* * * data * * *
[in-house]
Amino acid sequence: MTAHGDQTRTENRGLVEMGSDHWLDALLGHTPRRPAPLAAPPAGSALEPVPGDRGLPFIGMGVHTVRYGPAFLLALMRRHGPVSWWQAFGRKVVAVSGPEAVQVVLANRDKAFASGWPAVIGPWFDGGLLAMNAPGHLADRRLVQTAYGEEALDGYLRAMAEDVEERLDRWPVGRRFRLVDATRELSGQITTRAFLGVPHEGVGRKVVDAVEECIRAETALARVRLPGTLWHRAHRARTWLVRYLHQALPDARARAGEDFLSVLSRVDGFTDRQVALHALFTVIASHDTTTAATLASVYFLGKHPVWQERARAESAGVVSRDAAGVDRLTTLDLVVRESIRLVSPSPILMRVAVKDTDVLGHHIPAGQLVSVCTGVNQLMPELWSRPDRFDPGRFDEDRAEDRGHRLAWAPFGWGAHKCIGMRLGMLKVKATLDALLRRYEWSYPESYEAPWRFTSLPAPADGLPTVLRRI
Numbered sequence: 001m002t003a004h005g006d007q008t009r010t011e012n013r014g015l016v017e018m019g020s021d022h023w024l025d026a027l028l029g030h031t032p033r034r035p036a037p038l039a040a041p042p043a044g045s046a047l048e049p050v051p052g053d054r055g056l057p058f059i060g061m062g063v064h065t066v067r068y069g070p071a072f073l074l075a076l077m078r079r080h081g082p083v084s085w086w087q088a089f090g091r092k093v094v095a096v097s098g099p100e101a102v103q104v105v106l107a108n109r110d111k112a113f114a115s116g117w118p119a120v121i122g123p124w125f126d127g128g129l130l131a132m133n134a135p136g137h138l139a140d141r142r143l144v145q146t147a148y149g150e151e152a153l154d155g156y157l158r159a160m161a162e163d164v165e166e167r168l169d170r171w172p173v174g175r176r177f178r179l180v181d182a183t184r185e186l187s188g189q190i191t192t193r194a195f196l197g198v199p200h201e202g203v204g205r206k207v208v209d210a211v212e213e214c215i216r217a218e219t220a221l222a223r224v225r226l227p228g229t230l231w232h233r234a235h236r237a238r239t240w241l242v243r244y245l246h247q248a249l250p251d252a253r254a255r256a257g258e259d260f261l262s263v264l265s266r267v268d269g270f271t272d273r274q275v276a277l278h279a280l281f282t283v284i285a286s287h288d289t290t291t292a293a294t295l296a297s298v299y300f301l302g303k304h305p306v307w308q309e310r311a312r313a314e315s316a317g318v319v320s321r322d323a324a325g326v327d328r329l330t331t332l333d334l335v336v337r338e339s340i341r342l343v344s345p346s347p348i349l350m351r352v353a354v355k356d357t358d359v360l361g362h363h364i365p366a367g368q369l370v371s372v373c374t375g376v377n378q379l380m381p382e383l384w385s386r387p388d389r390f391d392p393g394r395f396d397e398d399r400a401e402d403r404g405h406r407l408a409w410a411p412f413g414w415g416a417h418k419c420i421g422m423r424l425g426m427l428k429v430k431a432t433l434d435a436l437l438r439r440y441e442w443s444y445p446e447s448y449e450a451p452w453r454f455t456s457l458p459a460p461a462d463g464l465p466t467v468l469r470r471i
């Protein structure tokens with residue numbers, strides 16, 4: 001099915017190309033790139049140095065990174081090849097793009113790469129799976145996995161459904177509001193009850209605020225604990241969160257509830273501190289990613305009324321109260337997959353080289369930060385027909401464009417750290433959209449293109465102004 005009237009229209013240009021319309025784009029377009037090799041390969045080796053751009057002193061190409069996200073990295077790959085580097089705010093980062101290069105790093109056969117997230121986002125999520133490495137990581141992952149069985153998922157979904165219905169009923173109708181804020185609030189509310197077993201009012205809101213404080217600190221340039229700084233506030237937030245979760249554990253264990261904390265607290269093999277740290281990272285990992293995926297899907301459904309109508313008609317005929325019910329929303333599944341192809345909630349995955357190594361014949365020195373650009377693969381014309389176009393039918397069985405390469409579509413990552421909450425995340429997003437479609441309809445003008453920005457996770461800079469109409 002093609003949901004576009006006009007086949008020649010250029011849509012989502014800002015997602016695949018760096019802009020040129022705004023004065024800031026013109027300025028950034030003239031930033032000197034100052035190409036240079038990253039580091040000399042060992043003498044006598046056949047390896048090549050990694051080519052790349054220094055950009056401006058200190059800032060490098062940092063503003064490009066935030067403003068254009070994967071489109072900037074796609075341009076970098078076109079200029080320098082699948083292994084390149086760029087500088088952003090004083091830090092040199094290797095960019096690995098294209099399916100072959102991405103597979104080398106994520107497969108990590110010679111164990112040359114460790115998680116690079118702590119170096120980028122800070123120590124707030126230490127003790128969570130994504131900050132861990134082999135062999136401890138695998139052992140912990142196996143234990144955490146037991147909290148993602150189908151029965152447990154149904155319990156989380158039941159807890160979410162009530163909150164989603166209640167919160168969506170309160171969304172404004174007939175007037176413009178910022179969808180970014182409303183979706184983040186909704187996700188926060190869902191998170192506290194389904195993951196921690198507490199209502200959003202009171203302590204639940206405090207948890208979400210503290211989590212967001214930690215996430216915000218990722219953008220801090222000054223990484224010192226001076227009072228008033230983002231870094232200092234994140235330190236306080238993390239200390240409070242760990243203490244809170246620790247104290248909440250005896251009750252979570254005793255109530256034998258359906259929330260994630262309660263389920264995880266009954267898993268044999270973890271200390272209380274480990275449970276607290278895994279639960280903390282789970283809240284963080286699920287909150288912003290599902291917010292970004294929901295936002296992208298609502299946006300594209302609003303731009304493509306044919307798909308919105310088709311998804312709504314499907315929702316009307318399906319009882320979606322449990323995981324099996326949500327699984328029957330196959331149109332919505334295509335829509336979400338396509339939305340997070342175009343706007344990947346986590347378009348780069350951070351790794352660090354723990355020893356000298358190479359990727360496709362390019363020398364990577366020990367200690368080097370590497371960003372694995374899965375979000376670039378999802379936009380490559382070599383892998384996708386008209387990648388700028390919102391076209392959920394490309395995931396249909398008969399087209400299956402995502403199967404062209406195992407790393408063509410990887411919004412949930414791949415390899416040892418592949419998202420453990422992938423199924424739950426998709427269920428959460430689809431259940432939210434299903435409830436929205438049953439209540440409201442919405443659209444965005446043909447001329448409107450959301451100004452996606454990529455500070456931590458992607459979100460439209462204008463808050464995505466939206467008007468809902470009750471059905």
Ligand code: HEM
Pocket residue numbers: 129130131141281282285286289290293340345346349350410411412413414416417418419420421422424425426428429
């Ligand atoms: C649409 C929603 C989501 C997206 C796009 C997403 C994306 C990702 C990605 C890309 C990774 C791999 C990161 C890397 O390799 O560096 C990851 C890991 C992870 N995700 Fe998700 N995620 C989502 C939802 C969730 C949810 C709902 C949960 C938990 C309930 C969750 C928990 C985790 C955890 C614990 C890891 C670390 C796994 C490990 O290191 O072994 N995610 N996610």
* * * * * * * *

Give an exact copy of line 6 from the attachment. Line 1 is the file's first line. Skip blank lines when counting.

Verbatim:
Pocket residue numbers: 129130131141281282285286289290293340345346349350410411412413414416417418419420421422424425426428429